Older Candidates Considering Non-MBA Programs Seek Flexibility

Though the growth of non-MBA business master’s programs has been driven largely by younger candidates, schools may find niche opportunities with flexible options for older candidates.

Nov 14, 2016

Curriculum & Delivery

Older non-MBA candidate studies in the library One of the most significant trends in graduate business education in the past 10 years has been the growing demand for non-MBA business master’s programs. In GMAT testing year 2007, just 14 percent of all GMAT score reports were sent to non-MBA programs. In GMAT testing year 2016, that figure more than doubled to 32 percent. This growth in demand has been chiefly driven by younger candidates interested in studying on a full-time basis, according to data from the 2016 mba.com Prospective Students Survey. These findings also show, however, that older candidates are driving demand for non-MBA programs, especially for flexible program formats, and at a higher rate than their younger counterparts.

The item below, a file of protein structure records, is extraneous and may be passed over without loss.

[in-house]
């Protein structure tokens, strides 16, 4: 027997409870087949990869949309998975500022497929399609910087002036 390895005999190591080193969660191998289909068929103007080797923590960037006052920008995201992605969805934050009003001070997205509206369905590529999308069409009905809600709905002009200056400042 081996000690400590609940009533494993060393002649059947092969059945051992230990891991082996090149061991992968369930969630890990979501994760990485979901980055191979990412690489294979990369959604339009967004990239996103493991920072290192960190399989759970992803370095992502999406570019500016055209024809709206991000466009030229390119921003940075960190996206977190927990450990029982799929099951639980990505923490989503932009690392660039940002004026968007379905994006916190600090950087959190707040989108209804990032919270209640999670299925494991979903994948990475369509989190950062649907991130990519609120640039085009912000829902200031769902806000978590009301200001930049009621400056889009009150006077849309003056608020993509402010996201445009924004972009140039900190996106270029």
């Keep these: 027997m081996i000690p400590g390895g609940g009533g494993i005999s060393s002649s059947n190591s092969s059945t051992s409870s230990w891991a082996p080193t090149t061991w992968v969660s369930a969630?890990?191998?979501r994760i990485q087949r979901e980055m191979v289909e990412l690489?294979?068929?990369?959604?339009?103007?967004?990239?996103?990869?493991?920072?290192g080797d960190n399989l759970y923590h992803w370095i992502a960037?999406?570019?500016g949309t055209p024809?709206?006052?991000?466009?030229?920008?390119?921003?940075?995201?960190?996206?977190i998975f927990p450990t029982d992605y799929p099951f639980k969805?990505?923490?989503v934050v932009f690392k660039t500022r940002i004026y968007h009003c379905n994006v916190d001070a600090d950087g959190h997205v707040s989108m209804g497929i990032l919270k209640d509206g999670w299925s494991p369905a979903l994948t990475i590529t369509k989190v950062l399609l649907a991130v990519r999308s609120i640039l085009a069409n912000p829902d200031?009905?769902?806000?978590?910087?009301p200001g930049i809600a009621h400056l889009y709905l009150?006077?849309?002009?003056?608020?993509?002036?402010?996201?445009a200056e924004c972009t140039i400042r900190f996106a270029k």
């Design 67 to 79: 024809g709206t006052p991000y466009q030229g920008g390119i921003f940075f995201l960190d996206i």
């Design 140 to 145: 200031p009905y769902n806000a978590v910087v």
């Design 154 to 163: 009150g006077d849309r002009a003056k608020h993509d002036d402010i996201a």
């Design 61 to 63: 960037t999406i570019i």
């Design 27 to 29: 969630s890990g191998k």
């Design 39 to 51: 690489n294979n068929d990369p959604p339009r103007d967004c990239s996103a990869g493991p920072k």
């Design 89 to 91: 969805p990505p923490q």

Overall, most candidates considering non-MBA program types want to study on a full-time basis (84%). This format preference varies notably by age, however. Full-time programs are considered by 91 percent of candidates younger than 24, 79 percent of candidates aged 24 to 30, and 58 percent of candidates aged 31 and older. Among candidates 31 and older, nearly half consider part-time programs (44%), and about a third consider online (35%) and hybrid (28%) programs. Though the applicant pool for non-MBA business master’s programs is overwhelmingly young—89 percent are 30 years of age or younger and only 11 percent are 31 and older—the data suggests that schools may find niche opportunities with flexible program format options for older candidates.

Older candidates

For more on candidate program preferences and demographics, download the 2016 mba.com Prospective Students Survey Report at gmac.com/prospectivestudents.